Swimming has a lot of wear on the body.
The most wear on the body occurs in the shoulder region because of the reliance of the “pull.”
These shoulder muscles are worn-out and drained during these repetitive actions.
“One of the major factors causing shoulder pain is overuse and subsequent fatigue of the rotator cuff muscles, scapular muscles, and muscles of the upper and lower back.”
So, how do we deal with this reality and adjust accordingly to avoid a swimming shoulder injury?
Coaches, trainers, physical therapists, physicians, biomechanists, and kinesiologists all suggests that performing exercises on specific muscles (to strengthen them) can help prevent shoulder injuries.
The aforementioned exercises are proven to improve shoulder function for swimmers. The main focus areas are: the rotator cuff, the muscles that stabilize the shoulder blade, and the muscles of the low back, abdominal, and pelvis that make up the “core” of the body – the abdominal and lower back muscles.
Specific conditioning of these muscle areas is proven to improve shoulder function for swimmers.
Some of the stretches are: external rotation of the rotator cuff, arm abduction, circumduction of the arm while the arm is straight ahead, theraband rowing, variations on push-ups to strengthen shoulder blade stabilizers, and core strengthening.
If you need more information on what each of these exercises entail, visit the USA swimming website for more detailed explanations.
Although it may seem strange, stretching the upper back and neck will help prevent many shoulder injuries.
The muscles in the upper back and neck connect directly with the muscles of your rotator cuff and all around your shoulder blade and collar bone. Because of their proximity, they are often involved in shoulder injuries.
Having a tight neck or back can disturb the normal fluid movement between these two areas and the shoulder. Throw a quick, sudden movement into the mix, and you’ve got a problem.
Stretching these areas can help reduce risk of injury.
Massage therapy can help prevent shoulder injuries and treat them once they’ve occurred, too. Therapists can help you by identifying your problem areas.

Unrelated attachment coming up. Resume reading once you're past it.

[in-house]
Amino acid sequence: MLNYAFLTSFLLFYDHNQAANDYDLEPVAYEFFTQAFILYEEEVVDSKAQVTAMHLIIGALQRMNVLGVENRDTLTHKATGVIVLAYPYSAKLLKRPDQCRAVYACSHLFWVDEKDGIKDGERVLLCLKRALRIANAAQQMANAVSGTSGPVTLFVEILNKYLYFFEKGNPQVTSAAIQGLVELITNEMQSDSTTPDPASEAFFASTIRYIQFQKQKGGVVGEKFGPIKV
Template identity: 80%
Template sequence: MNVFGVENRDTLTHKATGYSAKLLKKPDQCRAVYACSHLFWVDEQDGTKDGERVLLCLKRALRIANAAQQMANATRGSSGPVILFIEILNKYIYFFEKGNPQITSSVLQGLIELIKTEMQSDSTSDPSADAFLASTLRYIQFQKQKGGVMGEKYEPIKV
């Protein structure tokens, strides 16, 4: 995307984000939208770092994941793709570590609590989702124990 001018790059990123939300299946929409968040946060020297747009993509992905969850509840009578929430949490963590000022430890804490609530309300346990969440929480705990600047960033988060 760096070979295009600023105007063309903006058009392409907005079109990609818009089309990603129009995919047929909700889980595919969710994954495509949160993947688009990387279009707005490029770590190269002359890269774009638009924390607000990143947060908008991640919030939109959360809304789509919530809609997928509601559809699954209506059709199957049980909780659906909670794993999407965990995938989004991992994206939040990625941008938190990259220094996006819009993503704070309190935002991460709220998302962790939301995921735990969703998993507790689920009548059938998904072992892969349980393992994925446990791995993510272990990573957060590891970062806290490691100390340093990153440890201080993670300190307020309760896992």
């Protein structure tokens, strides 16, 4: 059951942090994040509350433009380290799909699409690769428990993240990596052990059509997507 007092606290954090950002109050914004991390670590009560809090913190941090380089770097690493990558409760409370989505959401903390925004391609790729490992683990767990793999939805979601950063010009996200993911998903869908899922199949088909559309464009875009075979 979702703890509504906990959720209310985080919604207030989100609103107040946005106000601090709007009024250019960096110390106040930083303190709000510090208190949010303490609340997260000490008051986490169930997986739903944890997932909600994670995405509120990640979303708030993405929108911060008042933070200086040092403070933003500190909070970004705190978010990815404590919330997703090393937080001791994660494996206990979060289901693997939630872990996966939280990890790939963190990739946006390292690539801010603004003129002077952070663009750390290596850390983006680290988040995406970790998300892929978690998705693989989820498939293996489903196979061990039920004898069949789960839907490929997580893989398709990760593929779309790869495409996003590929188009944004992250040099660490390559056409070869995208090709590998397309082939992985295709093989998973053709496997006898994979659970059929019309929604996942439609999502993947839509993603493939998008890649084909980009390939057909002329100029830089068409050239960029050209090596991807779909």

They are trained in anatomy, physiology and kinesiology.
This enables them to identify which muscles are tense and where trigger points and knots reside. They then diagnose overused and fatigued areas, and which actions or behaviors are causing wear and tear.
After determining your weak areas, the REAL FUN begins!
Massage techniques are applied to alleviate the tension in your muscles. This relieves some of the muscular damage that has been done so that it doesn’t build up into a major stress injury.
Once you know your weak areas, you should focus your stretches and conditioning exercises in these areas. However, this does not mean you should skimp on the other muscle groups that are not problem areas.
Thermotherapy is the process of using either heat or cold to treat a body ailment. Any application of a specific temperature to treat the body is considered thermotherapy.
If your shoulder is stiff or you want to prep your arm for an event, you may want to consider warming it up… Literally.
Hot Cloth. Hot Pad. Hot Water.
Heat brings blood circulation to the area and kind of oils the the machine. The movement of fluids lubes up the joints and and muscles and primes them for action.
This increase in heat and blood flow also relaxes the stress response in the body caused by chronic muscular pain. Muscle knots, trigger points and muscle spasms fall into this category. Increased blood flow washes out metabolic waste in these stagnant areas and brings fresh oxygen, nutrients and energy with it. Which help those contracted bits of muscle fiber to not hurt so much.
On the contrary, cold temperatures reduce swelling and inflammation in the body.
Therefore, if your shoulder is swollen due to a rough practice, icing the area is a great solution.
Any soreness immediately following a workout is likely due to inflammation. On that note, any recent injury is likely swollen.
Muscle strains, pulled muscles, and torn muscles all fall under this category. All of these can be treated by applying a cold compress of some sort.
Do you have any miracle stretches that we need to know? Any creative exercises that really help?
It’s our health we’re talking about here…
If you know anything that could be of help to anyone, share your tips in the comment section. We would all really appreciate it!
This pandemic has taught me that while I can’t control what’s going on in the world, I can control my mindset. For me, this looks like finding a few things to be grateful for each morning... With that said, I wanted to share my gratitude list with all of you: